Geiko are skillful in traditional Japanese dance – buyo, borrowed from the dance of the Japanese traditional theatre. The three main types of dance, which the geishas perform, include: mai – slow, expressive, aristocratic dance, typical of the Noh theatre and Bugaku theatre; odori – energetic dance with jumps performed at various festivals and introduced in the Kabuki theatre; and furi – a sign dance in which each movement has a symbolic meaning, furi is a dance typical for the Kabuki theatre as well.
The main musical instruments studied by maiko include: shamisen, shakuhachi, koto and taiko. Shamisen is a three-string lute, shakuhachi is a bamboo flute, koto is a zither, and taiko – a drum. Each of the listed musical instruments is used in the Japanese traditional theater. Most often, during their performances geishas play the shamisen, the most typical musical instrument for the Kabuki theatre as well. Looking beautifully with its body covered in snake skin and its tall exquisite fingerboard, shamisen is a technical instrument, which can be used to play intricate tunes. Geishas most frequently perform kouta – ballads in the accompaniment of shamisen. The kouta genre emerged in the 14th century, but became part of the traditional Japanese theatre Kabuki during the reign of Emperor Tokugawa – i.e. at the start of the 17th century.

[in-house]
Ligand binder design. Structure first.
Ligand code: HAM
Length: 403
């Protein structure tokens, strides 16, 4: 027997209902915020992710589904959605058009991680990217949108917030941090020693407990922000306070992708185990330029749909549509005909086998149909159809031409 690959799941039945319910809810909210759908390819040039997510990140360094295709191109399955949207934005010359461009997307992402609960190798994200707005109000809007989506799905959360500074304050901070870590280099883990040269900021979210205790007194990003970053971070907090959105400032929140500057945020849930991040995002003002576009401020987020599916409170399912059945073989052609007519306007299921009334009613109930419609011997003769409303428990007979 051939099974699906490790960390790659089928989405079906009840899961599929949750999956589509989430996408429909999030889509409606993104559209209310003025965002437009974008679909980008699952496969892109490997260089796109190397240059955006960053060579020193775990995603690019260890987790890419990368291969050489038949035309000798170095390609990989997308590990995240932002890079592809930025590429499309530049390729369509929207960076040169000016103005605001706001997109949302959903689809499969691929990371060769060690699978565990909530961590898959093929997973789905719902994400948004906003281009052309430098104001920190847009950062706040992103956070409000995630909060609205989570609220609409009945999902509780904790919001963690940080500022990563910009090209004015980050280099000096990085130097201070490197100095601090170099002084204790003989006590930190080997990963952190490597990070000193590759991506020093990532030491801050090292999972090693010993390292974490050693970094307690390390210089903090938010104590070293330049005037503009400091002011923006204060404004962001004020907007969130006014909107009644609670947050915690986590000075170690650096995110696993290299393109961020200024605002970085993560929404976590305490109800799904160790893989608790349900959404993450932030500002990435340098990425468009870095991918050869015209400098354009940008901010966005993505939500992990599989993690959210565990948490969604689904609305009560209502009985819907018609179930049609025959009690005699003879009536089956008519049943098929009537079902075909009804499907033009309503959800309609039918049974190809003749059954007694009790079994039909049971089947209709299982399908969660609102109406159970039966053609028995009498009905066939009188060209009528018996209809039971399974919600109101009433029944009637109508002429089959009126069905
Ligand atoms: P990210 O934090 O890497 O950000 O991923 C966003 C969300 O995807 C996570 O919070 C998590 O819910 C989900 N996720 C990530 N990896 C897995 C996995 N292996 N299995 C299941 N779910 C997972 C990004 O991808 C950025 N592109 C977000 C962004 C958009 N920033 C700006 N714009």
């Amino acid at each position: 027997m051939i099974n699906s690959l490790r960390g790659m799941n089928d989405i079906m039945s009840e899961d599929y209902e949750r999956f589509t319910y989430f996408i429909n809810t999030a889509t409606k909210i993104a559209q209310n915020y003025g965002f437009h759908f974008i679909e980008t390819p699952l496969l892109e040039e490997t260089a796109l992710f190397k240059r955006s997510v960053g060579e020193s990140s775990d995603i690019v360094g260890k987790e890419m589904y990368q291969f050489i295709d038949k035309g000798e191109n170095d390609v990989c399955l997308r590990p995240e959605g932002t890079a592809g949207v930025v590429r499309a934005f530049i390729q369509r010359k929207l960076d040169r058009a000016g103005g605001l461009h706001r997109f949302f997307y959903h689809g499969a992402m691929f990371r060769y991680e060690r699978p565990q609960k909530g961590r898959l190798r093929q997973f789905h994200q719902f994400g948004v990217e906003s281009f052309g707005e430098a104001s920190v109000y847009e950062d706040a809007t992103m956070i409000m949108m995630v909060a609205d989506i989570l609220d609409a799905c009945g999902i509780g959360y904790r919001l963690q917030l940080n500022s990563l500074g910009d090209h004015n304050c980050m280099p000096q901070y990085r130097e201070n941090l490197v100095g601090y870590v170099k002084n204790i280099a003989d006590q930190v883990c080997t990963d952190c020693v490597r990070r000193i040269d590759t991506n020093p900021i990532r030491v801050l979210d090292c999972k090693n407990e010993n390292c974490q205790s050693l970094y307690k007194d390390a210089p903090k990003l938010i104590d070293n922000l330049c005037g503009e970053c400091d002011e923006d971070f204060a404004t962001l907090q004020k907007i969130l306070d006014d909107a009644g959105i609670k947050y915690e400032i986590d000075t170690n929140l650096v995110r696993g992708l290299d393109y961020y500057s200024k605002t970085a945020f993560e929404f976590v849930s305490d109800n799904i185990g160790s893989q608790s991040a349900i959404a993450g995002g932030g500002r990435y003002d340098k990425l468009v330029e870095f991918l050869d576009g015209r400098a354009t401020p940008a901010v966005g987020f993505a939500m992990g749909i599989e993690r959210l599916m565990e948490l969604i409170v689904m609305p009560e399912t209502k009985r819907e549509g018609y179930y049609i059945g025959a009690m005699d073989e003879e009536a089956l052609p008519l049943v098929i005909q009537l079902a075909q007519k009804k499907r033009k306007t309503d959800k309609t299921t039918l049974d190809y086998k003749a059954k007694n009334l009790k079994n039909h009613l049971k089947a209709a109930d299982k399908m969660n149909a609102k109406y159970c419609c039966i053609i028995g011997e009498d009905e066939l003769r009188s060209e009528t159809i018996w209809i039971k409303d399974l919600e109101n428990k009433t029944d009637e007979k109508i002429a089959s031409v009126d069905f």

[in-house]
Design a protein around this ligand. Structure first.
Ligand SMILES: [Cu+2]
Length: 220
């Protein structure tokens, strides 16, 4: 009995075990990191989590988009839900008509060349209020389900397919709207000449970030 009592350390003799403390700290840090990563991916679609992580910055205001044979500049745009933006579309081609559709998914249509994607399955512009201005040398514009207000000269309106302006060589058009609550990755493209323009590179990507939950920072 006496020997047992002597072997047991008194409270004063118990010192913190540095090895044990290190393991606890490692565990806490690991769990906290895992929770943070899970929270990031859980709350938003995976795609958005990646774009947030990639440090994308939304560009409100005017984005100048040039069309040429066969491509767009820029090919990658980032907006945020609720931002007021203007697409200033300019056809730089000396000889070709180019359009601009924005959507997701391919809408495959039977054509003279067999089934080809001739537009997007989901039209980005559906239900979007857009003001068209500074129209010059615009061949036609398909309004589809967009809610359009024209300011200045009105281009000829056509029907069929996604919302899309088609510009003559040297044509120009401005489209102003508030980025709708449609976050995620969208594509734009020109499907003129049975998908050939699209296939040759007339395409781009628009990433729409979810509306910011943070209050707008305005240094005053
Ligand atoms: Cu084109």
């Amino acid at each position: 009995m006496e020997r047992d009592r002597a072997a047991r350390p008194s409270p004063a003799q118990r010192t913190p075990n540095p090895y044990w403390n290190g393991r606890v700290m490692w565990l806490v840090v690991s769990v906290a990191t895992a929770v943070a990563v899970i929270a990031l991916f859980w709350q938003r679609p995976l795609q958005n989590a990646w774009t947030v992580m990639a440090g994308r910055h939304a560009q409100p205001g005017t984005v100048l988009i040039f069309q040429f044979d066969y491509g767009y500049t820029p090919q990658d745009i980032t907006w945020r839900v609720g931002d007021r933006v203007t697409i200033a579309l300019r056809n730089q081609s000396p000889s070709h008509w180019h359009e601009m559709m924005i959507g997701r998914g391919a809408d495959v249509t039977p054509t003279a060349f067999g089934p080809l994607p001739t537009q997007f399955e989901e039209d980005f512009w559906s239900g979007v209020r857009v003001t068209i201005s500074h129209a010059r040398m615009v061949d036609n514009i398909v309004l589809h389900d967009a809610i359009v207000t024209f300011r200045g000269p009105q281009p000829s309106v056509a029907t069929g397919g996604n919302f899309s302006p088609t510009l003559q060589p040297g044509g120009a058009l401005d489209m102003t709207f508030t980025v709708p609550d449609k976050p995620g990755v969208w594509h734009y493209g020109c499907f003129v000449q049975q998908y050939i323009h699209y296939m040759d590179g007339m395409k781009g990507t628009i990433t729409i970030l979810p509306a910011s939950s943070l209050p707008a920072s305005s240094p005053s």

The lecture “Geishas – A Myth and Reality” closed with a few words about where and when nowadays one can observe and marvel the geiko tradition: geiko and maiko make public appearance several times during each calendar year – at the Baika-sai Plum Blossom Festival, when they perform a tea ceremony, at the Miyako Odori Festival in April, when they traditionally give dance recital performances, etc. The most well-known and renowned district of Kyoto, where geishas live and work till this date, is Gion.
Marta Ilieva and Aneta Dimitrova further presented brief information about the interest of representatives of other nations and cultures in the traditions of geishas: several foreigners have been also initiated in the tradition of geishas. Most of them have only studied about the tradition – based on personal anthropological or ethno-cultural interest, yet they have not made a debut or worked as geishas. The only foreigner who has ever debuted as a geisha (in Tokyo in 2007) is the Australian Fiona Graham.